Dear Hope Nation,
It is the best of times, it is the worst of times, it is the age of change through peaceful demonstrations, it is the age of violent riots, it is the epoch of recovery, it is the epoch of pandemic disease, it is the season of insight, it is the season of willful ignorance, it is the spring of potential, it is the winter of impossibility, we had everything in our hearts, we had nothing in the larder, we were all going direct to Life, we were all embracing death—in short, it was every day since the world began.
My natural tendency is to see the glass as not just half-empty but kind of dirty and with a crack beginning to appear. Thirteen years in recovery have helped me become more optimistic, but I’ll never lose the ability to see the cloud forming around that silver lining.
As a young teenager, I was drawn to reading old books I didn’t fully understand. (That last sentence is weaselly—I didn’t understand them at all. I just thought I’d look smart and insightful for reading them.) Dostoyevsky’s Notes from Underground, The Gambler and The Idiot, Pascal’s Pensées and Russell’s A History of Western Philosophy were all examples of the kind of book I made my way through, wrote down notes about and finished without having learned a damn thing. Still, they were “serious” books, unlike the books I read for fun, which I dismissed as lightweight.
Any book I could understand, any book I enjoyed, any book with a story was a book of which I was secretly ashamed. The novels I’ve reread with joy and pleasure many times since were kept secret from my friends, like candy bars at the bottom of a dieter’s bag. Literature, good literature at least, was supposed to be difficult, giving up its secrets only slowly. The works of Fitzgerald, Hemingway, Sinclair Lewis, John Updike and Philip Roth were far too popular and accessible for a budding intellectual.
Perhaps the greatest example of the Too Good a Read to be Good Literature school of 14-year-old snobbery is Charles Dickens’ A Tale of Two Cities, a book I’ve reread at least once a decade since. As a kid, I couldn’t admit how much I loved this novel, with its French Revolution setting, its Doctor Manette, Charles Darnay and Sydney Carton—each “recalled to life” in a different way, the lovely Lucie Manette and the bitter Madame Defarge. I was lucky to discover this book outside a classroom, away from the English teacher’s desire to analyze literature like a butterfly removed from a killing jar, the chloroform odor destroying the mind of the reader as well, Instead of looking for clues into Dickens relationship to class struggle, feminism or his family, I read A Tale of Two Cities as a page-turner, a crackling tale of spies and love and violence. I liked the book as a story not as a Talisman of High Art. It didn’t challenge me as a reader, didn’t make me wonder what Dickens “really” meant or confuse me with seemingly contradictory notions. Instead, it grabbed me from page one until Sydney Carton’s heartbreaking last line.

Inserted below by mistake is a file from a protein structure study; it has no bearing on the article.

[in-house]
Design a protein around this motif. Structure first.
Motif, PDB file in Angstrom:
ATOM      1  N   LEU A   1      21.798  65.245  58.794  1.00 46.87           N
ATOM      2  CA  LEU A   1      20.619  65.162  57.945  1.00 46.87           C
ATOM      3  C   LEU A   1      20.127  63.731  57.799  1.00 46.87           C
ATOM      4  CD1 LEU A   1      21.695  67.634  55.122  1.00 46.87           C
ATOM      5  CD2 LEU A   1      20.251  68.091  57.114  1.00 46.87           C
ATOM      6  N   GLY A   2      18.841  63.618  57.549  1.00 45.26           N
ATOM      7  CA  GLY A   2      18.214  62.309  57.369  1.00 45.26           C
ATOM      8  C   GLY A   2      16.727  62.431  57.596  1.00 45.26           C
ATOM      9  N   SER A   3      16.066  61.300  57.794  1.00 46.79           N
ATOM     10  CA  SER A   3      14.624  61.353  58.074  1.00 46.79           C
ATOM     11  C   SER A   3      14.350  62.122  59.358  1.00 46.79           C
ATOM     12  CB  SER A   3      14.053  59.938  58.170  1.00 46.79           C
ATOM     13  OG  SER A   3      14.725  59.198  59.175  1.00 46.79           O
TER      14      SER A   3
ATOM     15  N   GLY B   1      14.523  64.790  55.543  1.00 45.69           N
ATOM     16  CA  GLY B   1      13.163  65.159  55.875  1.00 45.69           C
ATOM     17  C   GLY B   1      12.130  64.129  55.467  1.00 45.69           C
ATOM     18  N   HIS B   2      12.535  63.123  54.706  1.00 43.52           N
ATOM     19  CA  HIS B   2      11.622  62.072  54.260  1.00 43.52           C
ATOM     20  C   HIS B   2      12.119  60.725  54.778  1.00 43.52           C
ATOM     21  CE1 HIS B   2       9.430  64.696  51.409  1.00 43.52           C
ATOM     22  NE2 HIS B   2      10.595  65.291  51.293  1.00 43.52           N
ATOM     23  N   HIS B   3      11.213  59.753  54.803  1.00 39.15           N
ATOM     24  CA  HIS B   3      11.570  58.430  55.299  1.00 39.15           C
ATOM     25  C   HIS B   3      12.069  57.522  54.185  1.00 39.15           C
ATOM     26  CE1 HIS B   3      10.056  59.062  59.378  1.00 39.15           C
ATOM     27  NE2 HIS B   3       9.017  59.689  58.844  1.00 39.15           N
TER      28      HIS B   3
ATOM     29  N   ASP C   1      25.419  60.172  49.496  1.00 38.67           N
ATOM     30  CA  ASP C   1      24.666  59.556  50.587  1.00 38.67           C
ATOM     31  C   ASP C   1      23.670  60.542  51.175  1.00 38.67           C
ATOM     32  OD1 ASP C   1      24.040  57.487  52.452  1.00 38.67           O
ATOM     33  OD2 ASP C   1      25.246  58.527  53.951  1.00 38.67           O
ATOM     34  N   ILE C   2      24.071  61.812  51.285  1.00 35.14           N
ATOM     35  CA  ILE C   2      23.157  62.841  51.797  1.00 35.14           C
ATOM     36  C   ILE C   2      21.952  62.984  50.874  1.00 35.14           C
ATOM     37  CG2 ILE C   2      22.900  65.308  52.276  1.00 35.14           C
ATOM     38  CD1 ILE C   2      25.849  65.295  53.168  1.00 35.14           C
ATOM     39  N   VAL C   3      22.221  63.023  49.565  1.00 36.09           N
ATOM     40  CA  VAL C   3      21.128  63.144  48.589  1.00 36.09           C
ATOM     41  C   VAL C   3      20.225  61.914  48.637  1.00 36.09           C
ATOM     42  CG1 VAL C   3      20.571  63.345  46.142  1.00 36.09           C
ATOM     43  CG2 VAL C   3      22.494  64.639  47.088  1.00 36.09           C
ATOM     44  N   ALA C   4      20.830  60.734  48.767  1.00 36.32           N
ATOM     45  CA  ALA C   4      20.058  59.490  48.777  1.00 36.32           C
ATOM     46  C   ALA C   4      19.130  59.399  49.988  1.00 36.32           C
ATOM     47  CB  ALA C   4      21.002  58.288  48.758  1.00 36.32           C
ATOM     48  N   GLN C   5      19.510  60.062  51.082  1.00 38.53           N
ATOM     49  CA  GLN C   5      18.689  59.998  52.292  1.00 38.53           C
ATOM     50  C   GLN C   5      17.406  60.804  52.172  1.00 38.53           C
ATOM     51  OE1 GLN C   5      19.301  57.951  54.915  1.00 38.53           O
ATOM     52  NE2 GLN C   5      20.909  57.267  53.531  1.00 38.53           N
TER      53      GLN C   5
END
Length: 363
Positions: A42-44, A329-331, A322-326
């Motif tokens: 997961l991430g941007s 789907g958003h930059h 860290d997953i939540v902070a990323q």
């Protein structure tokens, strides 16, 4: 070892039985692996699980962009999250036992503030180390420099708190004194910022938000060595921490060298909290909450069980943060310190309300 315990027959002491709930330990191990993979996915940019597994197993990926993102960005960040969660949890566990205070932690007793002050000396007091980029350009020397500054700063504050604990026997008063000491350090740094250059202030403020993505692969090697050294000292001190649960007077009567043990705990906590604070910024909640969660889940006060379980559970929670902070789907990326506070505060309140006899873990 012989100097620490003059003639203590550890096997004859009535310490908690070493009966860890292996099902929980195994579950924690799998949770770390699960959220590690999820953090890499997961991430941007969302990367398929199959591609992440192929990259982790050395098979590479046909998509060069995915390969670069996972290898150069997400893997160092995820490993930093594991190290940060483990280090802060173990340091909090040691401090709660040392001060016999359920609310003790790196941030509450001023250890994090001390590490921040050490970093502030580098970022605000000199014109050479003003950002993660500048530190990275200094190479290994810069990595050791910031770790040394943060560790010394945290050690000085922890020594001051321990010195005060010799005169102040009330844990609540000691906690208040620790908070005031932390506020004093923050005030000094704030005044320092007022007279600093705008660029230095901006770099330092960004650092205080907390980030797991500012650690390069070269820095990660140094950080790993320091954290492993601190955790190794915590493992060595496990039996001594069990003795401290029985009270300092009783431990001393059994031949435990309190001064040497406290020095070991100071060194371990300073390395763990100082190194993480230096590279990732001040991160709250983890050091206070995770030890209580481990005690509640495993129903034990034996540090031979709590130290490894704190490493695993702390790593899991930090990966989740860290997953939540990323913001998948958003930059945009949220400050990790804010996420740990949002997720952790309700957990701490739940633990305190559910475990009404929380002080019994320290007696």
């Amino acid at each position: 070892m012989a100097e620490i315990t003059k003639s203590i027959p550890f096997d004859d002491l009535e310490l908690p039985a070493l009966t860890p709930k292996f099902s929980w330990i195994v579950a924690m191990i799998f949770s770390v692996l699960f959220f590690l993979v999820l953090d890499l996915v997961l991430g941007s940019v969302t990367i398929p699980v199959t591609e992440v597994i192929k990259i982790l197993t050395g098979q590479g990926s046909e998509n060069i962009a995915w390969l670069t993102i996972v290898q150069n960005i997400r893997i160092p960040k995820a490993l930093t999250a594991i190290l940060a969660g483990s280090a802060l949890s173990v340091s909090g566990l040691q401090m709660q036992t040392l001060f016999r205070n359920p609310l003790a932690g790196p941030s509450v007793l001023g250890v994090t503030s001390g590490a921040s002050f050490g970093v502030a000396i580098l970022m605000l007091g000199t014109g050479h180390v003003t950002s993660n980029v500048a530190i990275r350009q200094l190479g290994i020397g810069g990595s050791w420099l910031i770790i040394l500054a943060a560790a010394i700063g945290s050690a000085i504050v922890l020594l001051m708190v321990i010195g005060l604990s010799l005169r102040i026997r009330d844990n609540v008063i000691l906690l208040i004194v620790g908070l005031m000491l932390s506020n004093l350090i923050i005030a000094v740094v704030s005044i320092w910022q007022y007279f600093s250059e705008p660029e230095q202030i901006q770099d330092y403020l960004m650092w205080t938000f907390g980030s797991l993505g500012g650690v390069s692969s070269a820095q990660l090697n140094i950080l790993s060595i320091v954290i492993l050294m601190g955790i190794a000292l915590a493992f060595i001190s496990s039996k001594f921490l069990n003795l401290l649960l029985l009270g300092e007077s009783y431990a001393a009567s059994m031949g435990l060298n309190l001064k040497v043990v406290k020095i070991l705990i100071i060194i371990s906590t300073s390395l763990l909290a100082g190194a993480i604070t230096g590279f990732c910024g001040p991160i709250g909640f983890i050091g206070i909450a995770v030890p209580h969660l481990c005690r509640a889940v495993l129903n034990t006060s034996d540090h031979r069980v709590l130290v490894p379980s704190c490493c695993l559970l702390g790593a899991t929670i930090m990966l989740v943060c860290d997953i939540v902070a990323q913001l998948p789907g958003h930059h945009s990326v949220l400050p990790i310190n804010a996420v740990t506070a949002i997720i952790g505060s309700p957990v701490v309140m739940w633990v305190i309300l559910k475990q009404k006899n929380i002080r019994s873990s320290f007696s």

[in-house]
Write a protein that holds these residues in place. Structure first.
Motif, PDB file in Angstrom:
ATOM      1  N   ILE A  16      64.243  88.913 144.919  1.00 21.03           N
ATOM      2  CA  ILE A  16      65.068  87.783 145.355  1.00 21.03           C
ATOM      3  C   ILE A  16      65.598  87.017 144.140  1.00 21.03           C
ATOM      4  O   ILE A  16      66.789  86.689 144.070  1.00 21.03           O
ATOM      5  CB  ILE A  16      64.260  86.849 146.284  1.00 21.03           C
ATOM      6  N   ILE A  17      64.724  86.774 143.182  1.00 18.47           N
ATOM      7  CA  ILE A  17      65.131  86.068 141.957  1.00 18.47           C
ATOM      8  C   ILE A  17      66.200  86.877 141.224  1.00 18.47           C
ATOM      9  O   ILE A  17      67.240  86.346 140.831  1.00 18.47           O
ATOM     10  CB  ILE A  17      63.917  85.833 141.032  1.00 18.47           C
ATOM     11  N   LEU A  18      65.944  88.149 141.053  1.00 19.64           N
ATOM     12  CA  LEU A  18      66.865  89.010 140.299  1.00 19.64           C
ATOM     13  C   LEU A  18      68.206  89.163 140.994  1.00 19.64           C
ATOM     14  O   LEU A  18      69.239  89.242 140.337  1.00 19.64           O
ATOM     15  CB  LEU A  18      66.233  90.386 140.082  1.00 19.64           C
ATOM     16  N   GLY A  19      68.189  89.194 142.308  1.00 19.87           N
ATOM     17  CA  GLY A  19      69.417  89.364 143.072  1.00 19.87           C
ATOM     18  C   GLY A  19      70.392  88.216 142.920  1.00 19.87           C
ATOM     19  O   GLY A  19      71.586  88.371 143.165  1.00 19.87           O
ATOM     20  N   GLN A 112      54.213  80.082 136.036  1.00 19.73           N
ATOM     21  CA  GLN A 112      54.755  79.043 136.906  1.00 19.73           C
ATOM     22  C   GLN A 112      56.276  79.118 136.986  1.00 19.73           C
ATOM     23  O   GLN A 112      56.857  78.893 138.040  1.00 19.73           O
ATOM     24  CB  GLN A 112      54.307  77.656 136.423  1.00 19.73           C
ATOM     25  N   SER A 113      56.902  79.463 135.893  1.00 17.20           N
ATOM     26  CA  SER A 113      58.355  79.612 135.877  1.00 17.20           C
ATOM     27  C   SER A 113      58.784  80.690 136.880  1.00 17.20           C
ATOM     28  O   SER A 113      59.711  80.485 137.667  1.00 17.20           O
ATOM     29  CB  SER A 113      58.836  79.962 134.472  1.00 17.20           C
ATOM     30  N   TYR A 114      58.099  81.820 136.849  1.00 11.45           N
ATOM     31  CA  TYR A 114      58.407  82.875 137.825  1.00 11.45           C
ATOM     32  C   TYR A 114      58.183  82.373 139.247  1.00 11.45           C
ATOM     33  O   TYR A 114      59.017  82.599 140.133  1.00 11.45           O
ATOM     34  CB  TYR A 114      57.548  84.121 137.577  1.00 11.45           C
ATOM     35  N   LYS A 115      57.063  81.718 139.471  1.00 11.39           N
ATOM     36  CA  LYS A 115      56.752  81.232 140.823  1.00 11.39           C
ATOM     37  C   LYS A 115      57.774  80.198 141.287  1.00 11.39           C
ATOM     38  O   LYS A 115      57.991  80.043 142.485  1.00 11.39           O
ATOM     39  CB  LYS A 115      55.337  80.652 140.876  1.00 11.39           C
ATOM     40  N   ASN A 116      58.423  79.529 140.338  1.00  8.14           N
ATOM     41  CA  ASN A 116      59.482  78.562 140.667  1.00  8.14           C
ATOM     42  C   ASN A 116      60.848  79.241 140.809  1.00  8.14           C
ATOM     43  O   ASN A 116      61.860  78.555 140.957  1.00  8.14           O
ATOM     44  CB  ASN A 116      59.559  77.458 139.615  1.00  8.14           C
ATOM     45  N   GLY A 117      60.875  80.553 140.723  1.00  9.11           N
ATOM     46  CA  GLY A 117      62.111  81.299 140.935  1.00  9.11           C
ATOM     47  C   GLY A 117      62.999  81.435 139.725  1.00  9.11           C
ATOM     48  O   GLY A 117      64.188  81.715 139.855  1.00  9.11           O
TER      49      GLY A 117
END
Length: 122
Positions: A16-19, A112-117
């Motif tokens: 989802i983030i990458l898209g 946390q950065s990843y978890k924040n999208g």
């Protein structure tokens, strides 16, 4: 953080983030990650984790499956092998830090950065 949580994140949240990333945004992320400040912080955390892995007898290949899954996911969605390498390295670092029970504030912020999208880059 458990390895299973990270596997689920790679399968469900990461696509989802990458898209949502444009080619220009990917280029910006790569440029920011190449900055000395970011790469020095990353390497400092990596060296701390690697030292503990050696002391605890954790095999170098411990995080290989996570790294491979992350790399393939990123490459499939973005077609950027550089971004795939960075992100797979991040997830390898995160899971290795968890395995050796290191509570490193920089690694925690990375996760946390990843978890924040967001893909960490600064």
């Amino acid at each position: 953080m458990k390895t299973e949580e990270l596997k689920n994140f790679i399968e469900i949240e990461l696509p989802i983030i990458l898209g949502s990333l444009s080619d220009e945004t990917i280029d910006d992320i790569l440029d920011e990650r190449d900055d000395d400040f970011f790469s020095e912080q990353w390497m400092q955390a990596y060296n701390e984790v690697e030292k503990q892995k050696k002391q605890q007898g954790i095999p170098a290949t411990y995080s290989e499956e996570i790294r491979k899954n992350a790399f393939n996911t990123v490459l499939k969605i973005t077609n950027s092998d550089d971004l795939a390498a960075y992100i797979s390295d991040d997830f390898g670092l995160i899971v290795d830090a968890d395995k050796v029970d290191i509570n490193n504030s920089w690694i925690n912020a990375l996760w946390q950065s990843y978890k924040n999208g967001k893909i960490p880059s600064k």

Patient readers have been waiting to see how this all ties into recovery. Here’s the payoff: I can have a lot of high-blown, half-understood ideas about addiction and its causes, but none of them will matter when it’s two in the morning and I hear the sounds of wolves in the distance coming closer. Then I need a few simple truths and a couple recommended practices. Whatever pathway I walk in my recovery, I need a simple captivating story, maybe something like:
Getting into recovery was a far, far better thing that I did than I have ever done; it is a far, far better peace that I know than I have ever done.
You matter. I matter. We matter.
For the sticklers among you, here are the opening and closing lines of A Tale of Two Cities:
“It was the best of times, it was the worst of times, it was the age of wisdom, it was the age of foolishness, it was the epoch of belief, it was the epoch of incredulity, it was the season of Light, it was the season of Darkness, it was the spring of hope, it was the winter of despair, we had everything before us, we had nothing before us, we were all going direct to Heaven, we were all going direct the other way—in short, the period was so far like the present period, that some of its noisiest authorities insisted on its being received, for good or for evil, in the superlative degree of comparison only.”
“It is a far, far better thing that I do, than I have ever done; it is a far, far better rest that I go to than I have ever known.”